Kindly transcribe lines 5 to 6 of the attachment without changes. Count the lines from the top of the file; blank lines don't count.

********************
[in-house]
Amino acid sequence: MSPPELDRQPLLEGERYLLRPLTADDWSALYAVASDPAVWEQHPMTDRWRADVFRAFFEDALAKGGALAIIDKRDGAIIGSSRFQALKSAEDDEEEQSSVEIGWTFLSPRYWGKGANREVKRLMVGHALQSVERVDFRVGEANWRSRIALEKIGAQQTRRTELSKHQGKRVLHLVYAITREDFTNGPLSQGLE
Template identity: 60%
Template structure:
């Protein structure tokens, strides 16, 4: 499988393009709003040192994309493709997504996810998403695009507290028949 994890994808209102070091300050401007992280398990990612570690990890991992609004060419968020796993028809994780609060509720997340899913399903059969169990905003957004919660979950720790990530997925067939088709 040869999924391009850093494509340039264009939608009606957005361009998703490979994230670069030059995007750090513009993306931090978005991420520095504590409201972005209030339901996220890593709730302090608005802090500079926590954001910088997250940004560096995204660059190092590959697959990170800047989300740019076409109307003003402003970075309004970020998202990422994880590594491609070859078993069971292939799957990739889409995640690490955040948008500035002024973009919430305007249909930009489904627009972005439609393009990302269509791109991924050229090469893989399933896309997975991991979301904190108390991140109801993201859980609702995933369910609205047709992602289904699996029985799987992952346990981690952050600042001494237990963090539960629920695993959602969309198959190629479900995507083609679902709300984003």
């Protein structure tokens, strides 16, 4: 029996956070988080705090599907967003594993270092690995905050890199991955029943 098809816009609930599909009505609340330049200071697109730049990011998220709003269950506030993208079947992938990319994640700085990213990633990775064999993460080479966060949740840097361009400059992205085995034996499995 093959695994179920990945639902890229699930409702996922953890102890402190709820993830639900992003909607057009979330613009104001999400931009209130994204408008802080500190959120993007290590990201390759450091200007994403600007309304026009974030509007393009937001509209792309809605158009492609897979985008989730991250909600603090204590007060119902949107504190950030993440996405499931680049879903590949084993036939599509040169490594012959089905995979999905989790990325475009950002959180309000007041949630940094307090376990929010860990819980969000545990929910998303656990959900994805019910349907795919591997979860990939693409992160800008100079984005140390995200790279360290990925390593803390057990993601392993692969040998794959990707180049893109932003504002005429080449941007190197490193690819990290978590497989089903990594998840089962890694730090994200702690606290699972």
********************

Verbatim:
């Protein structure tokens, strides 16, 4: 499988393009709003040192994309493709997504996810998403695009507290028949 994890994808209102070091300050401007992280398990990612570690990890991992609004060419968020796993028809994780609060509720997340899913399903059969169990905003957004919660979950720790990530997925067939088709 040869999924391009850093494509340039264009939608009606957005361009998703490979994230670069030059995007750090513009993306931090978005991420520095504590409201972005209030339901996220890593709730302090608005802090500079926590954001910088997250940004560096995204660059190092590959697959990170800047989300740019076409109307003003402003970075309004970020998202990422994880590594491609070859078993069971292939799957990739889409995640690490955040948008500035002024973009919430305007249909930009489904627009972005439609393009990302269509791109991924050229090469893989399933896309997975991991979301904190108390991140109801993201859980609702995933369910609205047709992602289904699996029985799987992952346990981690952050600042001494237990963090539960629920695993959602969309198959190629479900995507083609679902709300984003």
């Protein structure tokens, strides 16, 4: 029996956070988080705090599907967003594993270092690995905050890199991955029943 098809816009609930599909009505609340330049200071697109730049990011998220709003269950506030993208079947992938990319994640700085990213990633990775064999993460080479966060949740840097361009400059992205085995034996499995 093959695994179920990945639902890229699930409702996922953890102890402190709820993830639900992003909607057009979330613009104001999400931009209130994204408008802080500190959120993007290590990201390759450091200007994403600007309304026009974030509007393009937001509209792309809605158009492609897979985008989730991250909600603090204590007060119902949107504190950030993440996405499931680049879903590949084993036939599509040169490594012959089905995979999905989790990325475009950002959180309000007041949630940094307090376990929010860990819980969000545990929910998303656990959900994805019910349907795919591997979860990939693409992160800008100079984005140390995200790279360290990925390593803390057990993601392993692969040998794959990707180049893109932003504002005429080449941007190197490193690819990290978590497989089903990594998840089962890694730090994200702690606290699972």